This week was the unveiling of Volvo’s distant-future concept car called the 360c. This all-electric, fully autonomous, modular vehicle comes accompanied by lofty proclamations instead of a steering wheel. The Swedish automaker believes cars like the 360c will change the infrastructure between and within cities, alter our ways of living and working, and even potentially upend the short-haul flight industry. The 360c is less a car and more a manifesto for disruptive change.Many people’s initial concern about the Volvo 360c was that it looked like yet another designer’s indulgence, featuring a long glass canopy that terminates in a pair of prominent fins at the back.It’s about the same size as Volvo’s luxury XC90 SUV, albeit with more interior space thanks to the absence of a combustion engine. In brief, this car promises to be both expansive and expensive.However what makes this car promising are features like it’s fins at the back are an information board and can be used to indicate a reservation number, when the 360c is used in a ride-hailing scenario.There are also information readouts at the front of the car, fitted right next to the LED headlights, and integrated below them is a black bar with radar detectors, 3D cameras, and a laser sensor. That sensor bar is also mirrored on the back, and all around the car is a 360-degree strip of LED lights that are used to communicate the car’s intent to pedestrians and human-driven cars.Using a mix of sound and light, the Volvo 360c communicates (a) when it’s on and its autonomous mode is active, (b) when it intends to depart a stationary position and its direction, (c) when it senses a cyclist or pedestrian nearby, and (d) an alert targeted to anyone who might be in the car’s path. The wing mirrors of the 360c are replaced by 3D cameras facing both the front and back, but they still extend out a little further, just to give more visibility and emphasis to the car’s visual signals. There’s basically no flamboyance about this design that doesn’t serve a legitimate functional purpose.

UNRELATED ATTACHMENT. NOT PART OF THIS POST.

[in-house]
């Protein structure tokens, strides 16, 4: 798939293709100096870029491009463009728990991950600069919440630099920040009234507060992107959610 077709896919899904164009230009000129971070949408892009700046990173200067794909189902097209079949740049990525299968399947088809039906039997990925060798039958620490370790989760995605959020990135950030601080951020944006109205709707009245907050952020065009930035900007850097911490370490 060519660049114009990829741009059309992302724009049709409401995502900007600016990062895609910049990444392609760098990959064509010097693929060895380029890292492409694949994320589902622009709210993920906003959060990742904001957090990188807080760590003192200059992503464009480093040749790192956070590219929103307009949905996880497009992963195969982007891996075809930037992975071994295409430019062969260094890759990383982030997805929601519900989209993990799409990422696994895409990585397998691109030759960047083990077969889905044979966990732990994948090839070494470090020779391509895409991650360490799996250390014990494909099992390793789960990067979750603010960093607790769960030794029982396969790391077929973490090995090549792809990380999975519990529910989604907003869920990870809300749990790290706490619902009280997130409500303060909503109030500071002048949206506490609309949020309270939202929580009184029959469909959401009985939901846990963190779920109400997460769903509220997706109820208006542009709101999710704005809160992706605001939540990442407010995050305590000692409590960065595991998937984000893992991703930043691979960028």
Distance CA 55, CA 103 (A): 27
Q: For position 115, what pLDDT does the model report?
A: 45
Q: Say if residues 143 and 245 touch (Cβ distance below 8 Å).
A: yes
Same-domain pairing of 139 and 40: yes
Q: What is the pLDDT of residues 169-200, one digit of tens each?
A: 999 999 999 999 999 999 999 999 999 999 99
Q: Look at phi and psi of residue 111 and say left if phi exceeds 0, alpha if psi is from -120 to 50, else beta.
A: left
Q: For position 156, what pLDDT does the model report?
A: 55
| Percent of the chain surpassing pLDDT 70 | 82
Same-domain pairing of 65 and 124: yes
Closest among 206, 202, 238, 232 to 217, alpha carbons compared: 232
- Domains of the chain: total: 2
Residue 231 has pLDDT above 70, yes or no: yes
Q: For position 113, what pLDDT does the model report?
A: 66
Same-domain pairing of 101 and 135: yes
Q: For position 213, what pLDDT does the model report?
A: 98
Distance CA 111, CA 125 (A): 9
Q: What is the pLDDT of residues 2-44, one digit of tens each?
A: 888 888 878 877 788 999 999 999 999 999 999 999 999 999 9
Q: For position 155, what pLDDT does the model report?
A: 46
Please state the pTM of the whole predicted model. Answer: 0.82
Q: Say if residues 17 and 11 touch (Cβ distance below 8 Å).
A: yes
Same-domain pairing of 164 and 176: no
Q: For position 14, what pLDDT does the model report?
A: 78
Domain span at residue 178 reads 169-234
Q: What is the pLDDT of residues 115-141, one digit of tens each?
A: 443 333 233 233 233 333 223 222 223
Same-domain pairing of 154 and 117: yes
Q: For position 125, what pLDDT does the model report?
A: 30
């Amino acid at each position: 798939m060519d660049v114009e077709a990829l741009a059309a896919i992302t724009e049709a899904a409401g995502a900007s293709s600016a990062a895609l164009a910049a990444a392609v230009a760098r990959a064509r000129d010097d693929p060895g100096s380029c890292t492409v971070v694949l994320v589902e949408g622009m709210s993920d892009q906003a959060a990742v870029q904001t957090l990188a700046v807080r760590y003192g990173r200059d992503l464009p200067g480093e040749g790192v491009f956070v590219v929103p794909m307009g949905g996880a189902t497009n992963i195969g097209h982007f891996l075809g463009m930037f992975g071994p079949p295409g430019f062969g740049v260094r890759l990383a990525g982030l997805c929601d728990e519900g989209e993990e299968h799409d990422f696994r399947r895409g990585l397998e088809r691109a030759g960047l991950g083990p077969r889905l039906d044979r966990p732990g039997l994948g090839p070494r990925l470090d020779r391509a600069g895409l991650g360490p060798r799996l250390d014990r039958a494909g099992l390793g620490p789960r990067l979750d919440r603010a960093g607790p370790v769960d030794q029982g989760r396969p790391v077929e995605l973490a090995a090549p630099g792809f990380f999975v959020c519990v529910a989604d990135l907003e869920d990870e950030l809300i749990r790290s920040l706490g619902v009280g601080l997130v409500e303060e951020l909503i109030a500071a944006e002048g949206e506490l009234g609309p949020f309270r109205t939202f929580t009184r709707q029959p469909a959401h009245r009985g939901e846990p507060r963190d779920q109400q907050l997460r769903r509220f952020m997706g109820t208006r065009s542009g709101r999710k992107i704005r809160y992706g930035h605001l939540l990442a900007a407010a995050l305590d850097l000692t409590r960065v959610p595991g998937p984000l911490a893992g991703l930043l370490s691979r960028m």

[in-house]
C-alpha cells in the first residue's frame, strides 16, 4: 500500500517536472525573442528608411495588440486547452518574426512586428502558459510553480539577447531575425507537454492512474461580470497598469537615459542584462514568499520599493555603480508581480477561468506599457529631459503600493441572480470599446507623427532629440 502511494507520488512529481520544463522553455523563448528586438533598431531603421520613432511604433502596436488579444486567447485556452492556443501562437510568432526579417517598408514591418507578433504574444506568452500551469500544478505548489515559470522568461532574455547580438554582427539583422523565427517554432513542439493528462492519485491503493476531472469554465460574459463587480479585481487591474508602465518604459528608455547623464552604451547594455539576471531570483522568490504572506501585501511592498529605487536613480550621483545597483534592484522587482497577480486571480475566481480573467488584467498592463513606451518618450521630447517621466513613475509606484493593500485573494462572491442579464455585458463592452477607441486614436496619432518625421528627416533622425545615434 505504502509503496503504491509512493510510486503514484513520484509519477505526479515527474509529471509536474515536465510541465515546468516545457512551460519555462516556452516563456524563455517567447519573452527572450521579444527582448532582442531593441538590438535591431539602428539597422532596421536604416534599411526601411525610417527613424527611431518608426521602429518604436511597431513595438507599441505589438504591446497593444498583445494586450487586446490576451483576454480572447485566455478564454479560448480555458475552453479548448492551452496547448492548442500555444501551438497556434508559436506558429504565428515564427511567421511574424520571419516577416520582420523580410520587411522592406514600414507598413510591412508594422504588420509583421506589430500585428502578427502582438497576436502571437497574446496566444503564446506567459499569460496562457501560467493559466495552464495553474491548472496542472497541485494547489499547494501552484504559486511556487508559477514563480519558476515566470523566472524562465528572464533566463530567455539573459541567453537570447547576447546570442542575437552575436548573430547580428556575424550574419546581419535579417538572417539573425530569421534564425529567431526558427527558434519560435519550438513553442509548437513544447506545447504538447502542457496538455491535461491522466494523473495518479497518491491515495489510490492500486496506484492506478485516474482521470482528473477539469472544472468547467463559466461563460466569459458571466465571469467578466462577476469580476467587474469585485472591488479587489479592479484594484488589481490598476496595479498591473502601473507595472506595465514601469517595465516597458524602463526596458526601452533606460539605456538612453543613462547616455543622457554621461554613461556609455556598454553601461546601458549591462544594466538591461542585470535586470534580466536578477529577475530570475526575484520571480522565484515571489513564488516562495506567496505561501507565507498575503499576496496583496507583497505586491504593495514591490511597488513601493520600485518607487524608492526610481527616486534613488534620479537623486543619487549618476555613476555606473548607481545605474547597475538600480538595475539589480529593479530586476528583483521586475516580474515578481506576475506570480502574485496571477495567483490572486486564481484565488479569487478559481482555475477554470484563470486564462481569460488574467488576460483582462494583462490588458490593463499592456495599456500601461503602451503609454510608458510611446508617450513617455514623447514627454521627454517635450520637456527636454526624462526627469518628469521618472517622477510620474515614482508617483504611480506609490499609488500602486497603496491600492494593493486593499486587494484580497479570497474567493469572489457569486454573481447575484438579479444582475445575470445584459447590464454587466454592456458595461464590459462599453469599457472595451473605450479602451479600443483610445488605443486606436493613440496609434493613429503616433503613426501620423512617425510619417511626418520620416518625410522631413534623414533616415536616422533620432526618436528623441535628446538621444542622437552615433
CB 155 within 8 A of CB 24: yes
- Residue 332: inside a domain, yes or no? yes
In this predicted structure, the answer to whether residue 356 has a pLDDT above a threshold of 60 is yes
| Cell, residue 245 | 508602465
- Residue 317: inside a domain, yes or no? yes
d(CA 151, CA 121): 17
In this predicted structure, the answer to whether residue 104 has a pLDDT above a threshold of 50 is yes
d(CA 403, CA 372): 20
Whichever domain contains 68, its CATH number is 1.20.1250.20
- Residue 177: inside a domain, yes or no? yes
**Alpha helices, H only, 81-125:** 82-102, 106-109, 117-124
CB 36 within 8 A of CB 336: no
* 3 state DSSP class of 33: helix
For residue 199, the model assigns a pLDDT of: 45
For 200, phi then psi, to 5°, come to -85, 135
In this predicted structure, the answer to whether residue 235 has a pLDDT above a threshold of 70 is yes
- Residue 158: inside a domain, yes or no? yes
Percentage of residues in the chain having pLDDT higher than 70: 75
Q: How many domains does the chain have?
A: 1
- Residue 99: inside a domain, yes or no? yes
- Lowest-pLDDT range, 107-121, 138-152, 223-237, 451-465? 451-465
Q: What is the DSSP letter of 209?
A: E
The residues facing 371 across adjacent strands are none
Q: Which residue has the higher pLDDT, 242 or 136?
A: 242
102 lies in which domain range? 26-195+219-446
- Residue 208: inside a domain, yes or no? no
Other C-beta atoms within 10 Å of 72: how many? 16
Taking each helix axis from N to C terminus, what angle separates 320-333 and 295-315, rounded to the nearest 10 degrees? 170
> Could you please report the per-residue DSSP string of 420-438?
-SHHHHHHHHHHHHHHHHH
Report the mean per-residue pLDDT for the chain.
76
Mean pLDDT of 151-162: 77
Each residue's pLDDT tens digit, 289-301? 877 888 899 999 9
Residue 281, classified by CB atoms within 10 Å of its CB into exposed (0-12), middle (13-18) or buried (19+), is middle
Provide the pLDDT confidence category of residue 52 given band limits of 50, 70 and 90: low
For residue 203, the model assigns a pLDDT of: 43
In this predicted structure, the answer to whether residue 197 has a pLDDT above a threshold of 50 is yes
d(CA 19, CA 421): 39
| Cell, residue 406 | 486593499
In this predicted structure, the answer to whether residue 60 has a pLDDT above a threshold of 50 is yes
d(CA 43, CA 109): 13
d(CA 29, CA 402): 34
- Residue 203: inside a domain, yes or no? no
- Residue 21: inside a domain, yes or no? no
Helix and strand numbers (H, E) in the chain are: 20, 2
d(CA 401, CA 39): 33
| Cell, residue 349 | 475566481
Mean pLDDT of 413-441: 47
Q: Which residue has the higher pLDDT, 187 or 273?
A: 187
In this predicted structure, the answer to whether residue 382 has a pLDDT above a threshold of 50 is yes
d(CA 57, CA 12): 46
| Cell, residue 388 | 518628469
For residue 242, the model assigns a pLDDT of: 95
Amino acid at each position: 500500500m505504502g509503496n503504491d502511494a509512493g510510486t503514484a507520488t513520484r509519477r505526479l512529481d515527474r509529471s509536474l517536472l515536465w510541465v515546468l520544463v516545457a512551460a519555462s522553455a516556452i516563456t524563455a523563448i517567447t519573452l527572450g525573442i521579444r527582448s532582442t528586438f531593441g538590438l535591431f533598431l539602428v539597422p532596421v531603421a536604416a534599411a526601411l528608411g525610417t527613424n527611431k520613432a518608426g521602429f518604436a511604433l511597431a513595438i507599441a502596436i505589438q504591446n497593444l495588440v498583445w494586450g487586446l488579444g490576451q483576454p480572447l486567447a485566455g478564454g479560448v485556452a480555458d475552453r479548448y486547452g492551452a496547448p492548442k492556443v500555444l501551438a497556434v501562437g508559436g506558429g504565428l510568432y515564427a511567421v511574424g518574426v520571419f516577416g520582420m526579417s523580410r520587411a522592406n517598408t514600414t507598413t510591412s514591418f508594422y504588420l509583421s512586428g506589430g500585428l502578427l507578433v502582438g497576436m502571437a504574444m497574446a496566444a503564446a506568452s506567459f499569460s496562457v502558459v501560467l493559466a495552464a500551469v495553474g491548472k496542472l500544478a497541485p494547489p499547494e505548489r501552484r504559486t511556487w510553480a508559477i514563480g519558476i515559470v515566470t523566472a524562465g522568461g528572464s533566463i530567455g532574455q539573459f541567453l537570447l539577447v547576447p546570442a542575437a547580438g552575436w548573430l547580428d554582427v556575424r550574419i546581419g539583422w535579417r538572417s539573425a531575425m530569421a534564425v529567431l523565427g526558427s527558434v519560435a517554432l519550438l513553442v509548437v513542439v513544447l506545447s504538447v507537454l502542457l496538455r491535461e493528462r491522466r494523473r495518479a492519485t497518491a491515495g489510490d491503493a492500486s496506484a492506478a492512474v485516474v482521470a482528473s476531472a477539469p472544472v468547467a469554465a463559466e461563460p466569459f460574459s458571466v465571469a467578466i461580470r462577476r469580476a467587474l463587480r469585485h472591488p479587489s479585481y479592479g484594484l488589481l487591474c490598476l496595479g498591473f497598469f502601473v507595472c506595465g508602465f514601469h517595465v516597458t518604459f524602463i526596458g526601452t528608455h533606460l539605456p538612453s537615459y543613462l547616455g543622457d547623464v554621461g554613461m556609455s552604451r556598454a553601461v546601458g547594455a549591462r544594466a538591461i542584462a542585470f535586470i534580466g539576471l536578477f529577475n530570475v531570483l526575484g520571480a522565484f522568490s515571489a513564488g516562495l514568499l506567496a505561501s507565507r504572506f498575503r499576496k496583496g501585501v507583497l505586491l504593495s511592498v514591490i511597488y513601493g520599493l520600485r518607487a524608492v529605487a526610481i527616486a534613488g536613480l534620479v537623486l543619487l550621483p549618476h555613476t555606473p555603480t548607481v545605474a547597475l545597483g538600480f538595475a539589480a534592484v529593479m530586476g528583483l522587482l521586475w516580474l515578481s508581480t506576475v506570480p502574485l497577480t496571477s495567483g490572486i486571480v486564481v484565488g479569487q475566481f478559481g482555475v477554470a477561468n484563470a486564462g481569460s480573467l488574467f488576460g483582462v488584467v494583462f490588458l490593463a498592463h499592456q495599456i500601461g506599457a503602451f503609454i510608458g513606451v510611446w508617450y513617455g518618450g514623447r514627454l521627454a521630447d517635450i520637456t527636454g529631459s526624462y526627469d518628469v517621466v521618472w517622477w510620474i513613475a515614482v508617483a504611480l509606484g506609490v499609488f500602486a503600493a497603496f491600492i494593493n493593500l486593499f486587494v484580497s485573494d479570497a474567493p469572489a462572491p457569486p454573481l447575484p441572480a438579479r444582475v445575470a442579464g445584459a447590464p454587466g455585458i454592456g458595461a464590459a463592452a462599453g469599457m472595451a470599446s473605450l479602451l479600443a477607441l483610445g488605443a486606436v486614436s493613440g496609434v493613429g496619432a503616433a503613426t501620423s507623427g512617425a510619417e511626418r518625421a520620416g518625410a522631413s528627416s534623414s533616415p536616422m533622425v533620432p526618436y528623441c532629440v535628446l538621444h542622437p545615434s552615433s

Volvo’s 360c concept car may not be a solution to the biggest problems of human transportation over the coming decades. But, it’s a conversation starter, and it’s meant to be a little edgier, more thought-provoking than a real and final product.Which it definitely is.